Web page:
All posts filed under: Portrait

Japanese Crafts: Ozeki Lantern in Gifu

Late last year I had the opportunity to travel to Gifu, Japan to photograph the superb craftsmen at the Ozeki lantern workshop. Not many people know this but during the Shogunate Gifu was a cultural and economical hub due to a combination of geography and high quality natural resources. Gifu is surprisingly famous for a large number of core crafts, including smithing, washi (paper) production, bamboo crafts and the like – and as a result a great deal of higher level crafts flourished in the city as well – such as lanterns, which used a combination of the high quality materials produced in the area. . For the most part, the lanterns made at Ozeki are decorative interior lanterns – different to the ones I photographed in Kyoto, which were mainly for outdoor use (a blog post for another time!). For this purpose, the lanterns needed to be compact and aesthetically pleasing, requiring a much more delicate approach and also an artistic design sensibility. The bamboo ribs are far more delicate and closer spaced than …

Tokyo Portraits: Maezawa Yusaku again

Ever since I photographed portraits of Tokyo billionaire Maezawa Yusaku 2 years ago for his record breaking purchase of a Basquiat, he’s had a hard time staying out of local and international news as an example of an unconventional CEO. Most recently he took to Twitter and told all and sundry that he would give 100 random retweeters one million yen (equivalent to about 10,000 US) each – prompting it to become the most retweeted tweet in history, predictably. Just like anything popular on the Internet it sparked a bit of backlash, with some commentators saying he was only doing it for attention and to lord his cash over everyone, however his response was pretty notable – ‘I didn’t make all this money by myself, rather I did it with the help of a lot of people. So rather than hoarding the money for myself I thought it would be good to spread it around and put it back into the economy’ These portraits were from the third sitting I’ve had with him – he …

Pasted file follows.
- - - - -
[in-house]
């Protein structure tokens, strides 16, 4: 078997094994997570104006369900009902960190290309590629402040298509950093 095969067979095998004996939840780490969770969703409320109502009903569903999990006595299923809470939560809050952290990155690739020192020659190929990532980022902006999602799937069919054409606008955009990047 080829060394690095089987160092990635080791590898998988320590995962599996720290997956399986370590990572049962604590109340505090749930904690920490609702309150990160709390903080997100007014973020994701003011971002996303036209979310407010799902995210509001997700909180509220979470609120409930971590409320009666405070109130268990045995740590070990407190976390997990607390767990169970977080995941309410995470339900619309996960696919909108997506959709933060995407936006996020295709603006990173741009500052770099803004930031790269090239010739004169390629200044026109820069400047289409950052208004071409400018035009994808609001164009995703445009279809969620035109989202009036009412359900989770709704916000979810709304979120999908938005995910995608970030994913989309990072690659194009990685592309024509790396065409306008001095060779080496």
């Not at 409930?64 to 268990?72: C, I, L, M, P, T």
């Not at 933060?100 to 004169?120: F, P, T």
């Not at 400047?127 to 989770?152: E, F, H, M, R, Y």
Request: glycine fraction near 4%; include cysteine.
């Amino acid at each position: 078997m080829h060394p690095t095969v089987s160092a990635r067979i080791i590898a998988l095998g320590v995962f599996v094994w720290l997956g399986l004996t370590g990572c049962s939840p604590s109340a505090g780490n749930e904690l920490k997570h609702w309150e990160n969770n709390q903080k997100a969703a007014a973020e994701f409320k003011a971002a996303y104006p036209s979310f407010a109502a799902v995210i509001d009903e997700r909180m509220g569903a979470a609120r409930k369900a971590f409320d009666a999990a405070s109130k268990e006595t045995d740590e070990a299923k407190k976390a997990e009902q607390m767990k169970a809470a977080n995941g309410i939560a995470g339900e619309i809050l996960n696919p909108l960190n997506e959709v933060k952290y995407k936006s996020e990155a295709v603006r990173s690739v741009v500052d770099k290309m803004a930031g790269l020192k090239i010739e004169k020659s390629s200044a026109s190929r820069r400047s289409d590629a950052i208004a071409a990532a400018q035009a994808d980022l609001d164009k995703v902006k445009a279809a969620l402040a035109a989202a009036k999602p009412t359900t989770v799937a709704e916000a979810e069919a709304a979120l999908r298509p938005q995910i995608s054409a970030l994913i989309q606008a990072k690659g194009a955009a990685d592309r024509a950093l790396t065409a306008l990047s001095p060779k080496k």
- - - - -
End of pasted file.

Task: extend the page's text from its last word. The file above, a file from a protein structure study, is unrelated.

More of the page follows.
J-Rock Band Uverworld for Rockin’ On Japan

Late last year Tokyo based magazine Rockin’ On tapped me to photograph J-rock phenomenon Uverworld for an 8 page spread about their new album. We were to have an hour to fill those pages with some kind of shots, so we looked around Tokyo’s trendiest neighborhood Daikanyama for a good pot we could use. Luckily there was a nice photogenic abandoned lot right by their studio which we could use with impunity. Side note: it doesn’t matter who you’re photographing in Tokyo, if you choose your spot unwisely, some rentacop with no real authority will come up to you and tell you that you can’t shoot there. Anyway the guys were really nice, even being fine with me blanking on their names halfway through (6 new names all at one time is a LOT for me), and the lead singer Takuya seemed quite interested in me, grilling me with questions about my home country Australia while we were taking photos. Hope you enjoy the photos!

Tokyo Portraits: Kengo Kuma, again